In addition, mixed-metal sulfides of the general form M1 xM2 1-xS, wherein M1 and M2 are Group 2 metals (e.g. MgxSr1-xS or CaxSr1-xS) or wherein M1 and M2 are Group 12 metals (e.g., ZnxCd1-xS) are also applicable to the present invention. Complex mixed metal sulfides, for example BaxSryCa1-x-yS can also be used.

Other sulfur-containing phosphor compounds that can be deposited using a direct-write tool according to the present invention include thiogallates of the form MGa2S4 wherein M can be Ca, Sr, Ba, Mg or mixtures thereof. Such compounds are typically doped with a rare-earth as an activator ion. Preferred examples include SrGa2S4:Eu (green), SrGa2S4:Ce (blue), CaGa2S4:Eu and CaGa2S4:Ce (blue-green). As with the mixed-metal sulfides, mixed metal thiogallates can be produced, such as CaxSr1-xGa2S4. Further, thiogallates include compounds wherein aluminum or indium substitute for gallium in the structure, such as CaAlxGa2-xS4, CaInxGa2-xS4, SrAlxGa2-xS4 or CaAlxGa2-xS4. The substitution of various amounts of aluminum or indium for gallium can advantageously adjust the chromaticity (color) of the phosphor compound.

Oxysulfides, such as Y2O2S:Eu or Tb and rare-earth oxysulfides such as Gd2O2S;Tb and La2O2S:Tb can also be deposited using a direct-write tool in accordance with the present invention. Some preferred sulfur-containing phosphor host materials and activator ions are listed in Table II.

TABLE II
Examples of Sulfide-Based Phosphors
Host Material Activator Ion Color
BaS Ce Yellow
CaS Ce Green
CaS Mn Yellow
SrS Ce Blue-Green
MgxSr1−xS Ce Blue-Green
ZnS Cu Blue-Green
Y2O2S Eu Red
SrGa2S4 Eu Green
SrGa2S4 Ce Blue

The phosphor powder according to the present invention include particles having a small average particle size such that the particles can be deposited using a direct-write tool. Generally, the weight average particle size of the phosphor particles is at least about 0.1 μm, such as at least about 0.3 μm. Further, the average particle size is preferably not greater than about 20 μm. For most applications, the weight average particle size is more preferably not greater than about 10 μm. A particularly preferred average particle size is from about 1 μm to about 5 μm. According to one embodiment of the present invention, it is preferred that the average size of the phosphor particles is at least 10 times smaller than the orifice diameter in the direct-write tool, such as smaller than about 5 μm for an ink-jet head having a 50 μm orifice.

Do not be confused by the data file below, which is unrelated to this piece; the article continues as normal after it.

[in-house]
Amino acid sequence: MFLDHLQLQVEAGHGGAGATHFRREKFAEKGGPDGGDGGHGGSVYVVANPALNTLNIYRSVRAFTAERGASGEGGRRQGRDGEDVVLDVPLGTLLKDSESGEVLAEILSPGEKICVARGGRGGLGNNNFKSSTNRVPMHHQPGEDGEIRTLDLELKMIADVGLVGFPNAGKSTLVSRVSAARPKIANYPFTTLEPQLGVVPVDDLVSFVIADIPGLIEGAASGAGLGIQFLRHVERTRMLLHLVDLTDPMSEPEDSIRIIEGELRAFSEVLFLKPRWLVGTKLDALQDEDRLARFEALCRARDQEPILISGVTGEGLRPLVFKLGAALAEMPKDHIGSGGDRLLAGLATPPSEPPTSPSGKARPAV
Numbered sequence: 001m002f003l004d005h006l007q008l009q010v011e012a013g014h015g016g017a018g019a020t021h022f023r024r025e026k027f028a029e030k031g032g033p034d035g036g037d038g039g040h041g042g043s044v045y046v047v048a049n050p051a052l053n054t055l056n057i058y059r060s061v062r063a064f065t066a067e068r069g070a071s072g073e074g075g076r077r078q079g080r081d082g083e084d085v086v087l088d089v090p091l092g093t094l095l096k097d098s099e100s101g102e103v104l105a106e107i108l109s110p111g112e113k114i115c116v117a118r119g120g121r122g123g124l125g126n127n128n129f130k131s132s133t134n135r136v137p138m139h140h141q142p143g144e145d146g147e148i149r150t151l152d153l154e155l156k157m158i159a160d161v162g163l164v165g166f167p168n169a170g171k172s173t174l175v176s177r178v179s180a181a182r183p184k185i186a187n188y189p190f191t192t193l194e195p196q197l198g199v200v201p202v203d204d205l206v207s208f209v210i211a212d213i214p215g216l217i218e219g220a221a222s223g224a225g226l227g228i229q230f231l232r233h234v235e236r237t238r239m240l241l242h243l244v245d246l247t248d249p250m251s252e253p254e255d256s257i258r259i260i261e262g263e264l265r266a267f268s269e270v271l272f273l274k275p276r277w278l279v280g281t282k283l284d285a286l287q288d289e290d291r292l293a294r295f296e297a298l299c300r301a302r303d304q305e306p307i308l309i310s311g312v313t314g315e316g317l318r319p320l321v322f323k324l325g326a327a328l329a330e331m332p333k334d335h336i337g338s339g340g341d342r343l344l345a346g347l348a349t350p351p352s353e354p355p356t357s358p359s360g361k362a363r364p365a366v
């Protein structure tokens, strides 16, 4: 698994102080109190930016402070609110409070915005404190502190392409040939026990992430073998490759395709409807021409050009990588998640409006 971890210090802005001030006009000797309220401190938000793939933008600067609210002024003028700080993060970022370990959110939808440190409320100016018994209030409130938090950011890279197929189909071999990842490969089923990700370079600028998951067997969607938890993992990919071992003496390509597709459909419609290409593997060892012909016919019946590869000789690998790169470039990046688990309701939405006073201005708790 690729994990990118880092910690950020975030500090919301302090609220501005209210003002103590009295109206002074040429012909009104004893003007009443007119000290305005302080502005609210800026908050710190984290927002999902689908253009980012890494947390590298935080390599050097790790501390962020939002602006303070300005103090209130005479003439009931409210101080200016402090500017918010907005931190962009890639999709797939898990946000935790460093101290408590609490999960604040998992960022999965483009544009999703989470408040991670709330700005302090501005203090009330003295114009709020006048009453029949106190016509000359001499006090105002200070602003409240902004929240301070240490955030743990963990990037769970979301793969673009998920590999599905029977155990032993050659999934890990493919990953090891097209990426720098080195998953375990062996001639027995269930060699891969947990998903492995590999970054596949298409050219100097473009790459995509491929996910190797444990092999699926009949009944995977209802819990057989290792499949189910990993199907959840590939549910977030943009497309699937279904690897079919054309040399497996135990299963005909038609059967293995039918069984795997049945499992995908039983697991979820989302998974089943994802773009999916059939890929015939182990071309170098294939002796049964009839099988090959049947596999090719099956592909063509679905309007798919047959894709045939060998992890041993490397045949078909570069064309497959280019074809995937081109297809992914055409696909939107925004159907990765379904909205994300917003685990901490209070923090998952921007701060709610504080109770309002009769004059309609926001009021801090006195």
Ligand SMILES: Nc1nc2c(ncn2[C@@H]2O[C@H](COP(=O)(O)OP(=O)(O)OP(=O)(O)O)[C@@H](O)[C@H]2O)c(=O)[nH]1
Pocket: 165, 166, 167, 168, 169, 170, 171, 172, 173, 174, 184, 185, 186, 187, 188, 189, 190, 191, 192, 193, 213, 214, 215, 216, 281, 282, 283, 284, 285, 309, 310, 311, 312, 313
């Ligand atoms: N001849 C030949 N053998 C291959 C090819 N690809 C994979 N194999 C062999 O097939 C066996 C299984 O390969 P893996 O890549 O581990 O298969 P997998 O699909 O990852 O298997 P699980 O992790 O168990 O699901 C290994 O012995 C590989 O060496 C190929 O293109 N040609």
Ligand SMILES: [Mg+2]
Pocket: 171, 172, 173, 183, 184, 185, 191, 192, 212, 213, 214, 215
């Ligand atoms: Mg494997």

According to a preferred embodiment of the present invention, the phosphor particles have a narrow particle size distribution, such that the majority of particles are about the same size. A narrow size distribution is particularly advantageous for direct-write applications due to reduced clogging of the orifice by large particles and due to the ability to form surface features having a fine line width, high resolution and high packing density. Preferably, at least about 80 weight percent and more preferably at least about 90 weight percent of the phosphor particles are not larger than twice the weight average particle size. Thus, when the average particle size is about 2 μm, it is preferred that at least about 80 weight percent of the phosphor particles are not larger than 4 μm and it is more preferred that at least about 90 weight percent of the phosphor particles are not larger than 4 μm. Further, it is preferred that at least about 80 weight percent and more preferably at least about 90 weight percent of the phosphor particles are not larger than about 1.5 times the weight average particle size. Thus, when the average particle size is about 2 μm, it is preferred that at least about 80 weight percent of the phosphor particles are not larger than 3 μm and it is more preferred that at least about 90 weight percent of the phosphor particles are not larger than 3 μm.

It is also possible to provide a phosphor powder batch having a bimodal particle size distribution. That is, the powder batch can include particles having two distinct and different average particle sizes. Preferably, each of the distinct particle size distributions will meet the foregoing limitations. A bimodal particle size distribution can advantageously enhance the packing efficiency of the powder when it is deposited using a direct-write tool.

It is known that micrometer-sized particles often form soft agglomerates as a result of their relatively high surface energy, as compared to larger particles. It is also known that such soft agglomerates may be disposed easily by treatments such as exposure to ultrasound in a liquid medium or sieving. The average particle size and particle size distributions described herein are measured by mixing samples of the powders in a liquid medium, such as water and a surfactant, and exposing the suspension to ultrasound through either an ultrasonic bath or horn. The ultrasonic treatment supplies sufficient energy to disperse the soft agglomerates into primary spherical particles. The primary particle size and size distribution are then measured by light scattering in a Microtrac instrument. This provides a good measure of the useful dispersion characteristics of the powder because this simulates the dispersion of the particles in a liquid vehicle, such as an ink-jet suspension. Thus, the references to particle size herein refer to the primary particle size, such as after lightly dispersing soft agglomerates of the particles.